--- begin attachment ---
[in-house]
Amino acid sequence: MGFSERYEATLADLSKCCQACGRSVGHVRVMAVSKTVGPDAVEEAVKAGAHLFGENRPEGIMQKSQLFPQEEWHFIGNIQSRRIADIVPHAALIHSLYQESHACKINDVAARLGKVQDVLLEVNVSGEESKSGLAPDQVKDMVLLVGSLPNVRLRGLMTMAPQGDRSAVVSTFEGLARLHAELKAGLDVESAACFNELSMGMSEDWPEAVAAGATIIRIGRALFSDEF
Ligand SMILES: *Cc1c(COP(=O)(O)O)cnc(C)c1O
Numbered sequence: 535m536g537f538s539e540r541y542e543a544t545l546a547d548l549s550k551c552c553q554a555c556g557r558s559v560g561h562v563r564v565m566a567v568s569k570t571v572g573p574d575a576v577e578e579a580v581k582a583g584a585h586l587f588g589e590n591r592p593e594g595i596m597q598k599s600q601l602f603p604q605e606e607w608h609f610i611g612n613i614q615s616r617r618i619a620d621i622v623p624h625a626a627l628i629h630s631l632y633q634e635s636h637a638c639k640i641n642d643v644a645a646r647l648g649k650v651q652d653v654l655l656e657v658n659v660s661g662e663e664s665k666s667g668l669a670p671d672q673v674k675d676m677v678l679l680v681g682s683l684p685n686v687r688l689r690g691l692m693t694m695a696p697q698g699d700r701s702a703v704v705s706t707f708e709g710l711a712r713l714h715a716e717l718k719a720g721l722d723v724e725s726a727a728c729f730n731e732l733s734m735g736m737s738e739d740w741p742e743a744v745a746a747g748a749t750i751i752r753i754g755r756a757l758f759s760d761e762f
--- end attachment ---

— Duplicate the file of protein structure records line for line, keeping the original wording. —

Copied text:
[in-house]
Amino acid sequence: MGFSERYEATLADLSKCCQACGRSVGHVRVMAVSKTVGPDAVEEAVKAGAHLFGENRPEGIMQKSQLFPQEEWHFIGNIQSRRIADIVPHAALIHSLYQESHACKINDVAARLGKVQDVLLEVNVSGEESKSGLAPDQVKDMVLLVGSLPNVRLRGLMTMAPQGDRSAVVSTFEGLARLHAELKAGLDVESAACFNELSMGMSEDWPEAVAAGATIIRIGRALFSDEF
Ligand SMILES: *Cc1c(COP(=O)(O)O)cnc(C)c1O
Numbered sequence: 535m536g537f538s539e540r541y542e543a544t545l546a547d548l549s550k551c552c553q554a555c556g557r558s559v560g561h562v563r564v565m566a567v568s569k570t571v572g573p574d575a576v577e578e579a580v581k582a583g584a585h586l587f588g589e590n591r592p593e594g595i596m597q598k599s600q601l602f603p604q605e606e607w608h609f610i611g612n613i614q615s616r617r618i619a620d621i622v623p624h625a626a627l628i629h630s631l632y633q634e635s636h637a638c639k640i641n642d643v644a645a646r647l648g649k650v651q652d653v654l655l656e657v658n659v660s661g662e663e664s665k666s667g668l669a670p671d672q673v674k675d676m677v678l679l680v681g682s683l684p685n686v687r688l689r690g691l692m693t694m695a696p697q698g699d700r701s702a703v704v705s706t707f708e709g710l711a712r713l714h715a716e717l718k719a720g721l722d723v724e725s726a727a728c729f730n731e732l733s734m735g736m737s738e739d740w741p742e743a744v745a746a747g748a749t750i751i752r753i754g755r756a757l758f759s760d761e762f